The weekends drive me mad/Holidays are oh too sad/ ‘Cause you don’t go/ Below my window We see Mitchell write some lyrics, lays on her bed, looks out of the window, looking gorgeous in every shot, a precursor, in her way, of the arty peop,e who endlessly publish pretty pictures of themselves on Instagram or wherever, hoping we’ll confuse their looking good with proof that they must be a good artist. I’m not sure the video entirely works, this tantalisingly beautiful women hiding in a two room flat so that she can glimpse some bloke who doesn’t know she’s there on his way to and from work. Mitchell said that the song isn’t a self-portrait. The video, inevitably, turns it into one. Even so, I enjoy looking at Joni looking lovelorn and the short film doesn’t distort the song (which is gender-neutral).

Masterfully, the lyric unfolds backwards, so we only get the back story in the final verse: No one knows I’m here/ One day I just disappeared/ And I took these two grey rooms up here. The song ends with a wistful, repeated chorus of ‘below my window’s. The camera pans away. We’re unsure what happened and have to go back to the start and listen again, see if we can make more sense of it this time. What makes this song so great is how much it leaves out, leaves to the imagination. Knowing the Fassbinder story distracts, but only briefly. In recent years, Two Grey Rooms has had a few cover versions. Perhaps it’s being belatedly recognised as one of Mitchell’s greatest works, much like Cohen’s Hallelujah which also came out in the mid-80s, but wasn’t widely noticed until much later. This morning I watched Joni take a bow at last night’s Grammy awards. She’s relearning to speak after a brain haemorrhage, which is horrible, but at least she’s still with us, and – I hope – able to fully appreciate all of the tributes she’s been receiving in the year of her 75th birthday. At least many of the people who love her words and music are able to tell her how much we’ve been enthralled and inspired by her – in my case, for forty-five years. Thank you, Joni.

PS. A couple of days after I wrote the above, this was taken: two of my favourite artists. Yorkshire meets Saskatchewan. So I had to finish with it.

Dylan Moran: Nottingham Royal Centre 7.10.18

Wednesday, October 10th, 2018

Extended, more considered (ie less tactful) take on the show at the Royal Centre last weekend, the original of which appeared in yesterday’s Post.

Dylan Moran has lost weight and gained a better haircut since he was last here, four years ago. He’s sharper in other regards, too, and starts with something he never does: audience participation. However, he warns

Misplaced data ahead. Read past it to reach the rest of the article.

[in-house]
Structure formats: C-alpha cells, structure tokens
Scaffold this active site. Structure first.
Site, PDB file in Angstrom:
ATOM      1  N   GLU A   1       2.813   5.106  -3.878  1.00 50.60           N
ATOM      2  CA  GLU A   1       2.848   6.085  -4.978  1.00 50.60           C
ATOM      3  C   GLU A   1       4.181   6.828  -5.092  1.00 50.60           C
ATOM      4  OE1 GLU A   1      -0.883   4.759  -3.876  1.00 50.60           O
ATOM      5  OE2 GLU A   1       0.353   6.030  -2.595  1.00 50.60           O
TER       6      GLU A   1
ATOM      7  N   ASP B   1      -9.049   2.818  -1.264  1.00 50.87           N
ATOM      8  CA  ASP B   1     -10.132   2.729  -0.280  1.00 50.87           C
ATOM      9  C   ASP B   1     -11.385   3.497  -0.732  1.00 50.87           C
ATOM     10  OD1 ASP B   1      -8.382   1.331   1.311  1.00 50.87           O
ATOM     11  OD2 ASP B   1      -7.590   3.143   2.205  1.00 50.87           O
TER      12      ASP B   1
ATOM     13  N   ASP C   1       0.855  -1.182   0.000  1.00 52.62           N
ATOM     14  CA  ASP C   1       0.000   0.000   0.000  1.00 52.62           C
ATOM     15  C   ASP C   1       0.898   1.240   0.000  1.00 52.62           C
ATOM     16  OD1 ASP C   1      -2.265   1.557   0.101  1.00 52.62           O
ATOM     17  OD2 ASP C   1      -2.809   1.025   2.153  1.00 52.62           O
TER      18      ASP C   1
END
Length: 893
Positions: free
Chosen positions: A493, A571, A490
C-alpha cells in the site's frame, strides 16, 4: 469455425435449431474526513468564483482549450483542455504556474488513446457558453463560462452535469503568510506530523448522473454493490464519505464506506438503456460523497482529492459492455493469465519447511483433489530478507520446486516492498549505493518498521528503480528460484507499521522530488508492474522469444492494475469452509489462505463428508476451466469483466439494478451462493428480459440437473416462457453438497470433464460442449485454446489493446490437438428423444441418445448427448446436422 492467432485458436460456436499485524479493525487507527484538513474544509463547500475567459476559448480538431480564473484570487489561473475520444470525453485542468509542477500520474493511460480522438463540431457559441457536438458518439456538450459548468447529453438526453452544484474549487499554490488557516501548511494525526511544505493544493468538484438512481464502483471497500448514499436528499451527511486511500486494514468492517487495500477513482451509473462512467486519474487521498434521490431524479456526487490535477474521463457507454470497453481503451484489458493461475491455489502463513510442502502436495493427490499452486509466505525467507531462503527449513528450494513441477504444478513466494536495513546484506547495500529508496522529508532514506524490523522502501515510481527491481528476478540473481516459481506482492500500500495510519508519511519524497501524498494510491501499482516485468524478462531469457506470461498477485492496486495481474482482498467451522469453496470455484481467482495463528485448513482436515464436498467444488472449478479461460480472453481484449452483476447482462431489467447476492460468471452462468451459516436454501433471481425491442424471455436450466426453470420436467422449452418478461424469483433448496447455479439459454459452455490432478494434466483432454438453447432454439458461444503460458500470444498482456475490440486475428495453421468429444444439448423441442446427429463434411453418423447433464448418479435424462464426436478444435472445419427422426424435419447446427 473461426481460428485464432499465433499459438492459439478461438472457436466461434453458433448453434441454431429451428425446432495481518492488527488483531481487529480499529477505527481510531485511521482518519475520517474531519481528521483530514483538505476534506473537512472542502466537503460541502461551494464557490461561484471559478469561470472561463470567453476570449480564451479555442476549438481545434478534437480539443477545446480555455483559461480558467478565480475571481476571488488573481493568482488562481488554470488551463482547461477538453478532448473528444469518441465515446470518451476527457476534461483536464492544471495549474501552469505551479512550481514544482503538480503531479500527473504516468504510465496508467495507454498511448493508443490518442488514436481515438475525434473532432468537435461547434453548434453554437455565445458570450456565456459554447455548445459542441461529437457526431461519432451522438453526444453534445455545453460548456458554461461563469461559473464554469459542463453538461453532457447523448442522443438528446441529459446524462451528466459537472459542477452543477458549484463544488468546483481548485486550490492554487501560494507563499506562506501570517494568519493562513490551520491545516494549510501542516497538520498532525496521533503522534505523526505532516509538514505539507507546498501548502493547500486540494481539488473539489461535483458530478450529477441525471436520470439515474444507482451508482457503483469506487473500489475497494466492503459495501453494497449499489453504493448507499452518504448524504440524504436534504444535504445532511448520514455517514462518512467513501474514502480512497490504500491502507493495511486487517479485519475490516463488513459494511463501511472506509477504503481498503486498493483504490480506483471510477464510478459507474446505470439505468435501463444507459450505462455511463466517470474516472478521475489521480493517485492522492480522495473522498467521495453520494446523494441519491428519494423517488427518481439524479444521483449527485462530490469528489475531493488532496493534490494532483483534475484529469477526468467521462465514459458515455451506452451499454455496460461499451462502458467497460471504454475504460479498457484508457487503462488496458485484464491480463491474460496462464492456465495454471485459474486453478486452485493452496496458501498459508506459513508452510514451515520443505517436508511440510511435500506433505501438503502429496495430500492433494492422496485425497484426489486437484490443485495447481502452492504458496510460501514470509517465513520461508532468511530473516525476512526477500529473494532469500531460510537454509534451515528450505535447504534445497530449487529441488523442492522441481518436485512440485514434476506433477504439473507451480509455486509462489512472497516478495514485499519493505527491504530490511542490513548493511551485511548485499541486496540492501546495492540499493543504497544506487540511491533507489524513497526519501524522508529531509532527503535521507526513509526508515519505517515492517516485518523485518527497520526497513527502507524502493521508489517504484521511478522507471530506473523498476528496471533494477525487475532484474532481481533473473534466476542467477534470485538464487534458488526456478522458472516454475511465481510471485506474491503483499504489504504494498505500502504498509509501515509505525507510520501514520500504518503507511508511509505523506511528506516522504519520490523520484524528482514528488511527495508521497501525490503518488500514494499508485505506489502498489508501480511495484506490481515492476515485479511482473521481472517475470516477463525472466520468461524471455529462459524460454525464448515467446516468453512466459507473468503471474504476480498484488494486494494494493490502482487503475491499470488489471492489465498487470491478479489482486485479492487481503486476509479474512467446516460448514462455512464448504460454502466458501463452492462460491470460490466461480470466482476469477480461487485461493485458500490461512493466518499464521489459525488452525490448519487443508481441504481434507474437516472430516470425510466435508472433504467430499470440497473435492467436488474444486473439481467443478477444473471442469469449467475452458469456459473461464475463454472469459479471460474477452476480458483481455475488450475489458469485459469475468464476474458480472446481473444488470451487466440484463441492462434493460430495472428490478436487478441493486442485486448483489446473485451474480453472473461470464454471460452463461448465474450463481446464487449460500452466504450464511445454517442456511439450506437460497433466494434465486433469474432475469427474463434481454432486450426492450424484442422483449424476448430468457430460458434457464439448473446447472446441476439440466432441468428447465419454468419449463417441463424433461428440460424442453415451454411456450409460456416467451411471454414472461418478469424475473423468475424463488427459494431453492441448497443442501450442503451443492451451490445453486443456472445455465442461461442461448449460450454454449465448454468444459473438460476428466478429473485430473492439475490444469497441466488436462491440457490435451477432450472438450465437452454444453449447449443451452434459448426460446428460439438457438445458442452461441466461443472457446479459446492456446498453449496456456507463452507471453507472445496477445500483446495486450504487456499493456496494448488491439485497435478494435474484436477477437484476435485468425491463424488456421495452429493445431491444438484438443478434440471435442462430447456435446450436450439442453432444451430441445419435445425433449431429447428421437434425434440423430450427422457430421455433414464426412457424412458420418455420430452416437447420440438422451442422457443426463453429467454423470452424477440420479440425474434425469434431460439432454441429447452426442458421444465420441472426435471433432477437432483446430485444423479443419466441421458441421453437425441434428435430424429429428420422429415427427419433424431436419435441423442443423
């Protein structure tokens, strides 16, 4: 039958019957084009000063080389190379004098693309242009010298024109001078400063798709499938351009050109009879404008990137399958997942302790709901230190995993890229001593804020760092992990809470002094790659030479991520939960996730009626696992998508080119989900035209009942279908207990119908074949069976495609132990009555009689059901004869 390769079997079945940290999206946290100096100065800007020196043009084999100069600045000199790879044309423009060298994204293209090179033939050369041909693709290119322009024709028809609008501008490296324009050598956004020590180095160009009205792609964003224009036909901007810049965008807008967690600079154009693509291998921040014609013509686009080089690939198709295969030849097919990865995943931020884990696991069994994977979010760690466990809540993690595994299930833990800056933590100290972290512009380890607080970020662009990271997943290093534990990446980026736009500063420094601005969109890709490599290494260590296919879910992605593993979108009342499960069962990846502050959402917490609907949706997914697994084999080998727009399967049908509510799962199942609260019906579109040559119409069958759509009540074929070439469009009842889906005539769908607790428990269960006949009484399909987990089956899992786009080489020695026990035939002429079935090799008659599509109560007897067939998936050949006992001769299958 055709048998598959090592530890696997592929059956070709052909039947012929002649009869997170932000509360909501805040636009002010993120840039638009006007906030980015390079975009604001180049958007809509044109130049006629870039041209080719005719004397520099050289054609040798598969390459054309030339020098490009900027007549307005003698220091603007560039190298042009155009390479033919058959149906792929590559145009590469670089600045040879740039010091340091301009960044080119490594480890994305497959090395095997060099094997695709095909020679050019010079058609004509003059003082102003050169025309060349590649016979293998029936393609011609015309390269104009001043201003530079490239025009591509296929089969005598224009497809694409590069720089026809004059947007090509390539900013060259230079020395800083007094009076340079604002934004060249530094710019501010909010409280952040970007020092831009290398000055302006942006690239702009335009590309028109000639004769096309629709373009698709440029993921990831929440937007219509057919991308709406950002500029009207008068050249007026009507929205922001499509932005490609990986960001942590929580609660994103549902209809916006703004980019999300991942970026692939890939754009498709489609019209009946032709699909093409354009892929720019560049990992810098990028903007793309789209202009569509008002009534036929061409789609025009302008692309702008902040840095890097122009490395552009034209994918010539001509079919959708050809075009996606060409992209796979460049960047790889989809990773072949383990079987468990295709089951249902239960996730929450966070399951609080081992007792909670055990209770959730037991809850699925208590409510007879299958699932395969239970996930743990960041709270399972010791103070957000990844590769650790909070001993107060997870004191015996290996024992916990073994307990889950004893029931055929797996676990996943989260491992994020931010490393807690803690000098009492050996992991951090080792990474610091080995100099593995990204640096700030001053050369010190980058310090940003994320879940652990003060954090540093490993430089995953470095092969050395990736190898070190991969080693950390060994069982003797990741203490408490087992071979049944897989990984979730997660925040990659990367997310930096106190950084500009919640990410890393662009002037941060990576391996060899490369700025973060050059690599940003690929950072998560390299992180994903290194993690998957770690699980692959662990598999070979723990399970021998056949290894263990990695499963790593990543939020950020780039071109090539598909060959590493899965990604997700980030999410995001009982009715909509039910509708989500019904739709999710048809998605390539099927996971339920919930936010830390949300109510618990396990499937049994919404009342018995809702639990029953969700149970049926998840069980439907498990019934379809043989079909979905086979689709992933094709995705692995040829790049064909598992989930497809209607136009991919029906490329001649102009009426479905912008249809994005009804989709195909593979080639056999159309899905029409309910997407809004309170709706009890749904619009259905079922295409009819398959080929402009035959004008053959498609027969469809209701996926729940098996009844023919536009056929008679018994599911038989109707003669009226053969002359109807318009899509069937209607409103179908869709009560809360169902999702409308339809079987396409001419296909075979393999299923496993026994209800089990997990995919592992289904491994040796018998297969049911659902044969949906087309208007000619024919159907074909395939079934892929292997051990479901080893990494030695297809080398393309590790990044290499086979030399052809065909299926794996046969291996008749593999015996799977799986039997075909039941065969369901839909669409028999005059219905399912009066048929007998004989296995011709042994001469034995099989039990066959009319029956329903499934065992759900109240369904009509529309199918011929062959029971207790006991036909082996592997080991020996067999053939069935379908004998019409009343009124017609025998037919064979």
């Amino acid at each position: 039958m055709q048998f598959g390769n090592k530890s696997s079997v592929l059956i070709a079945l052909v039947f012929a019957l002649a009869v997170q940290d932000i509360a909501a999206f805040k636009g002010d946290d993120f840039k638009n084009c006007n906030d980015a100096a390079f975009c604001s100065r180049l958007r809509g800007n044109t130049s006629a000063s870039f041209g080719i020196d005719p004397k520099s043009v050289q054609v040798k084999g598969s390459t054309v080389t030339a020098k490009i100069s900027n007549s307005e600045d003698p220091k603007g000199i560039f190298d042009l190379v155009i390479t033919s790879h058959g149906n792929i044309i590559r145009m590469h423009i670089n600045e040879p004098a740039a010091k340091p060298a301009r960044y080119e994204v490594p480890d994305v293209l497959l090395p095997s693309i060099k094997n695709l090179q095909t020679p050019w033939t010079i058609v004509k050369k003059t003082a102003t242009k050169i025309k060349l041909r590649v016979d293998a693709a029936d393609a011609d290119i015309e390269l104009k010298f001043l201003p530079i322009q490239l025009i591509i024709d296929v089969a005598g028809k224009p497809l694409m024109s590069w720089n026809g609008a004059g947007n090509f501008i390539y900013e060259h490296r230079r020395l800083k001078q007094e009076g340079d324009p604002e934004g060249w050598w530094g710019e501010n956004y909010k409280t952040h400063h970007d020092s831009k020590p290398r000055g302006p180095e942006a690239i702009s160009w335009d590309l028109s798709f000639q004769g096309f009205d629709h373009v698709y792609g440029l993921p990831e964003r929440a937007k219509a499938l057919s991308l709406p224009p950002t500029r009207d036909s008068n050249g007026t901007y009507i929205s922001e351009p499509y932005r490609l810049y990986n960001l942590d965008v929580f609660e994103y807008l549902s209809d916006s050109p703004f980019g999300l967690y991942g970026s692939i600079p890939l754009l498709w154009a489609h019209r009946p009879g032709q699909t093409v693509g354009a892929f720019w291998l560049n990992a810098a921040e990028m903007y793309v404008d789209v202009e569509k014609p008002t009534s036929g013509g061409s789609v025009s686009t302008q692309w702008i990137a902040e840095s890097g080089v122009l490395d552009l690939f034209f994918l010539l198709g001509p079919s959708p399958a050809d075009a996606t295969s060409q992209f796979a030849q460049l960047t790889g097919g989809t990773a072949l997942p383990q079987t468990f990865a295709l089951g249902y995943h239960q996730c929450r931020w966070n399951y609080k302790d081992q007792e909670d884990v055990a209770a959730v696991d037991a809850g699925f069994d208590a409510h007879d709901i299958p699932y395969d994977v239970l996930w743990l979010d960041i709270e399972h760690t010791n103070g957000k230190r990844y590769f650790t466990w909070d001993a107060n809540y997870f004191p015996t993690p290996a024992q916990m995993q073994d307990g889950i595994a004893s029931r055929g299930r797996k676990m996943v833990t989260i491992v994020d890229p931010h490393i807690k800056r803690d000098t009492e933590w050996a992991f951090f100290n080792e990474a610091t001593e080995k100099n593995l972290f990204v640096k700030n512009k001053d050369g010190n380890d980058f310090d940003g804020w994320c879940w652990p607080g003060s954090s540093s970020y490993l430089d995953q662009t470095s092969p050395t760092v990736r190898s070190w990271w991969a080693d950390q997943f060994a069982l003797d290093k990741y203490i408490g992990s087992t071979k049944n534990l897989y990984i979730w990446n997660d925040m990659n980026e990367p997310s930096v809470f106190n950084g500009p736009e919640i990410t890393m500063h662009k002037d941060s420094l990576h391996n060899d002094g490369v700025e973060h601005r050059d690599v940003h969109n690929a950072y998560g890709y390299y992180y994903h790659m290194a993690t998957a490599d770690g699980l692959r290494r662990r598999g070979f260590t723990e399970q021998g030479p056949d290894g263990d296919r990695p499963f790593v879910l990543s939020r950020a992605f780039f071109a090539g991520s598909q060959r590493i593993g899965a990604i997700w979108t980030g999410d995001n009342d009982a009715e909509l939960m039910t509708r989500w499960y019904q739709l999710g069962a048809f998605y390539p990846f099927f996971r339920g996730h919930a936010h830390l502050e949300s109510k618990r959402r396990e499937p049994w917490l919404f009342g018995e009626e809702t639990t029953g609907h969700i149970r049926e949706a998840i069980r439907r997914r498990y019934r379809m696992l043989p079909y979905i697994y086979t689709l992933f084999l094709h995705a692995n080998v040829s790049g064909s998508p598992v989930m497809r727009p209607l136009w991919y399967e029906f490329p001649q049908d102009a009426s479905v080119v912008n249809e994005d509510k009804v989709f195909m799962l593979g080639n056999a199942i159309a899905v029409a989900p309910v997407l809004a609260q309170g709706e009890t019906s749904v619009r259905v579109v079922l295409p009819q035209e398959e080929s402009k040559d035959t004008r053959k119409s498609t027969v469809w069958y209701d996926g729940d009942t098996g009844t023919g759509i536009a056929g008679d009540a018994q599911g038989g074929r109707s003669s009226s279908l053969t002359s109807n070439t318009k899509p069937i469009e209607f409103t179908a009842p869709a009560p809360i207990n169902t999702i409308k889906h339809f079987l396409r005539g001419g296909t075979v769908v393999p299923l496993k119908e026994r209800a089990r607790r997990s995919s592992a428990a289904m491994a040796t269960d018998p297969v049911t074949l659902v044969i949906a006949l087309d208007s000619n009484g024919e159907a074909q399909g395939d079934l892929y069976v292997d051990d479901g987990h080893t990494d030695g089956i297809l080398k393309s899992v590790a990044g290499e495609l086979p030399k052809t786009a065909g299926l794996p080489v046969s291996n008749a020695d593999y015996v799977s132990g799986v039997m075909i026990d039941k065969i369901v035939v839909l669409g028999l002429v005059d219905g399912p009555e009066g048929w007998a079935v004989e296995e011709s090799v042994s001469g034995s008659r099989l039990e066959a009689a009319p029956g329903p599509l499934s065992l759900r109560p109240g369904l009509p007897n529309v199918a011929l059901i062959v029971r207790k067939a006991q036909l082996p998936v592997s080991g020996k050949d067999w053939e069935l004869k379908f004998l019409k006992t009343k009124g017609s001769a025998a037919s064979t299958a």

‘If you join in, I will judge you.’

It’s 22 years since the Irish comic, now 47, won a Perrier award, 14 since the glorious bookshop comedy, Black Books, opened the door for more TV and film. Yet his work in neither area has fully taken off and he remains primarily a stand-up, with a new tour every three or four years. Last time round, he gave the sense that his heart wasn’t entirely in it. Maybe Nottingham got an off night. To get us in the mood for tonight’s show, we rewatched a couple of episodes of Black Books, which remains gloriously funny.

Tonight, he kicks off in fine fettle, in a long piss take of comics’ ingratiating how nice it is to be back in your wonderful city routine, describing a visit to our non-existent standing stones. Riffs about Brexit and his family are broken up by other surreal flights of fancy, along with copious swearing. Half an hour in, we’re given a reason for his new demeanour (though he never explains the show’s title). One which also explains the large red teapot on stage. He gave up drinking wine in January. For a comic whose biggest role has been that of a wine drinking dipsomaniac, this is a big deal

‘Now every day feels like three or four years.’

He doesn’t want to talk about Trump. ‘I don’t want to go round the bin saying “that’s a smelly bin”. Everybody knows it’s a smelly bin.’ Throughout, there’s rather too much my generation’s getting old and people who don’t remember before the internet don’t know they were born. The stuff about his kids also feels lazy, and I suspect that’s not just because I don’t have kids. Most of it goes down well though. The forty minute first set flies by.

The second set, half an hour, mostly on death and marriage, doesn’t really get going. The encore, too, is brief and unmemorable. One can’t help but feel you’ve seen a 55 minute festival set fleshed out to fill the 75 minute minimum required to justify the seat price and interval. Even so, Moran remains an original, with plenty of fine one-liners. Good to see him in better form, but I might sit out his next visit.

 

PS A big thank-you to everyone who came to my book launch the night before (see below), especially Jim Burns and Gallery 47, both of whom were brilliant. It was a lovely occasion, really special, and great to get such positive reaction to the story. Thanks again to all at Candlestick Press for publishing it and Five Leaves for hosting.

Trailer Park Boys, Nottingham Royal Concert Hall 17.9.18

Thursday, September 20th, 2018

Slightly expanded version of my review in yesterday’s Post. Tomorrow, news of my next book.